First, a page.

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Ribbon Bar

You select the number of receivers and visibility of the DSP options (see below) from the ribbon bar.

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DSP Options

From the top down, the DSP options are:

Frequency: The current receiver index and the filter width are shown in yellow. To change the frequency position the mouse pointer over a digital and rotate the mouse wheel (you can also click in the main waterfall windows).

Playback: Select the playback device from the dropdown list. The audio level is adjusted with the slider, to mute press the button.

Mode: Select the demodulation mode, to change the available modes click the ellipses button.

Filter:  Select the filter width, to change the available widths click the ellipses button.

AGC: The standard options - Fast, Medium, Slow, each individually customisable.

CW: A single node peak filter optimised  for CW.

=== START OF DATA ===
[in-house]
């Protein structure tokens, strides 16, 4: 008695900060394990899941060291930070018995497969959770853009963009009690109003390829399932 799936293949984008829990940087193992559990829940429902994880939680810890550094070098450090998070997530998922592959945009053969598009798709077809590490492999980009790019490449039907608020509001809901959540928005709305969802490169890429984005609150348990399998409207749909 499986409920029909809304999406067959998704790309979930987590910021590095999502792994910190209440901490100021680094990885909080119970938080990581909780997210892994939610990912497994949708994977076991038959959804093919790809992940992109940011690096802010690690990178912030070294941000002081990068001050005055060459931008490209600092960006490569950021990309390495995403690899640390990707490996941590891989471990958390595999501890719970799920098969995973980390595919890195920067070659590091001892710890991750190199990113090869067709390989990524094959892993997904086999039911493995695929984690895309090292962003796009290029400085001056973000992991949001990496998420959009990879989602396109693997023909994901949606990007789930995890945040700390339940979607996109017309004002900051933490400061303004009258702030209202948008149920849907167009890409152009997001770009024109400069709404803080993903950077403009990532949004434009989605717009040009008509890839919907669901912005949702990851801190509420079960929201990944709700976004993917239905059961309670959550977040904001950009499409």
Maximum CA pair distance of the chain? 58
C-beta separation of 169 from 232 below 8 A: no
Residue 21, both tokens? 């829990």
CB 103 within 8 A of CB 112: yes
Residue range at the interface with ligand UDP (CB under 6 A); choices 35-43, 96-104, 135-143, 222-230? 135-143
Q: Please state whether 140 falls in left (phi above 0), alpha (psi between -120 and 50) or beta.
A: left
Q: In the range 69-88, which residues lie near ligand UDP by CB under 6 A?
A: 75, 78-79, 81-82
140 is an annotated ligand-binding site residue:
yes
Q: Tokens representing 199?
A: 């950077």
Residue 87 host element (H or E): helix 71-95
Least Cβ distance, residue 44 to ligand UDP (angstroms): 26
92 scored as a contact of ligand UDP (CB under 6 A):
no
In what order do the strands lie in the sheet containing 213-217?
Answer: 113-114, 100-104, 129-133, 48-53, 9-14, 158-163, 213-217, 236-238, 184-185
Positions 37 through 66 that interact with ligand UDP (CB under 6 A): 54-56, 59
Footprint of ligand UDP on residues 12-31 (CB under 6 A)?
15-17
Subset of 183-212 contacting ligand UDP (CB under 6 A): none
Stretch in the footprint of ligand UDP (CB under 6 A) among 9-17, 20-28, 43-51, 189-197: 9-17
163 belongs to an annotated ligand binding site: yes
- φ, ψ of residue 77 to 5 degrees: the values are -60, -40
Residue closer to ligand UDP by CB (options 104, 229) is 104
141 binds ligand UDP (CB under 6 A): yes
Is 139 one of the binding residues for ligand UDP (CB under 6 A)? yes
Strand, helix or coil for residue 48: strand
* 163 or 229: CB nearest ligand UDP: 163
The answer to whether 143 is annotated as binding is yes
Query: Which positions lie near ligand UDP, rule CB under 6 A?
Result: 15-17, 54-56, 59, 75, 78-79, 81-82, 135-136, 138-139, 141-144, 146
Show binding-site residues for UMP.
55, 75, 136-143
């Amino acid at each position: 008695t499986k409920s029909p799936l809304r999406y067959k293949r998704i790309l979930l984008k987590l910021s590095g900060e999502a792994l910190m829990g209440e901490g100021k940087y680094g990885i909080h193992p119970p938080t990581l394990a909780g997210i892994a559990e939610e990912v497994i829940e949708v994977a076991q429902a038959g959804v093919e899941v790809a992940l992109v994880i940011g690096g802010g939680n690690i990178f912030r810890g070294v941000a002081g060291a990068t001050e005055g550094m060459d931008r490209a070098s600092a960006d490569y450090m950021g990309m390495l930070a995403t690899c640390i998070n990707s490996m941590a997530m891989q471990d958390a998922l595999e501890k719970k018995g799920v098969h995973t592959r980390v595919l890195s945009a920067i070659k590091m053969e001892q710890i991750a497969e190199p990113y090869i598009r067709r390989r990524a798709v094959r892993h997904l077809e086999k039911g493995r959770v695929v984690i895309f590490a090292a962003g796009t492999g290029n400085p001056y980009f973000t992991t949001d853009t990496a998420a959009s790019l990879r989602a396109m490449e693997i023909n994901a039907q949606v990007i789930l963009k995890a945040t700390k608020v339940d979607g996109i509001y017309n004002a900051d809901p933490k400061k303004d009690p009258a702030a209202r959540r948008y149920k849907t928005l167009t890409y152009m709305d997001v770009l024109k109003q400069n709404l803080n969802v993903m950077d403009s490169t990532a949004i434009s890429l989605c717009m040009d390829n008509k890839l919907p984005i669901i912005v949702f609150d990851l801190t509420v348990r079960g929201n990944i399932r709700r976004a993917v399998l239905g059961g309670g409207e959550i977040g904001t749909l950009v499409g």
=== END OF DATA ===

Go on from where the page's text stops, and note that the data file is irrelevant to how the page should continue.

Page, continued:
Noise Blanker: removes clicks and pops.

Noise Reduction: A variety of algorithms for combatting unwanted interference.

Notch: A powerful automatic notch filter which can remove at least six simultaneous carriers.

Squelch: For FM only.

 

Auto Mute

The auto mute feature automatically blanks the waterfall and mutes the audio when a strong signal is detected. This is a very useful option to have in a SDR console, apart from anything else it ensures no audio feedback if you are listening to your transmission frequency. Auto-mute is a simple approach to handling strong signal overload situations. More...

Filter Definitions

The main pre-demodulation filtering uses Finite Impulse response (FIR) filters. You can design your own filters - not just the bandwidth but the response.

Click the ellipses button (top left) in the Filter pane, the Filter Definitions for the current mode are listed. In this window you define the preset filters with an advanced Filter window.(below).

Filter Definition

In this example a standard SSB bandpass filter is defined with a passband from 100Hz to 2,900Hz. The shape factor (frequency response) depends on the number of taps - as you increase the taps the response becomes sharper however the trade-off is more latency and ringing (unwanted oscillation).

The windowing also affects the filter response, more information.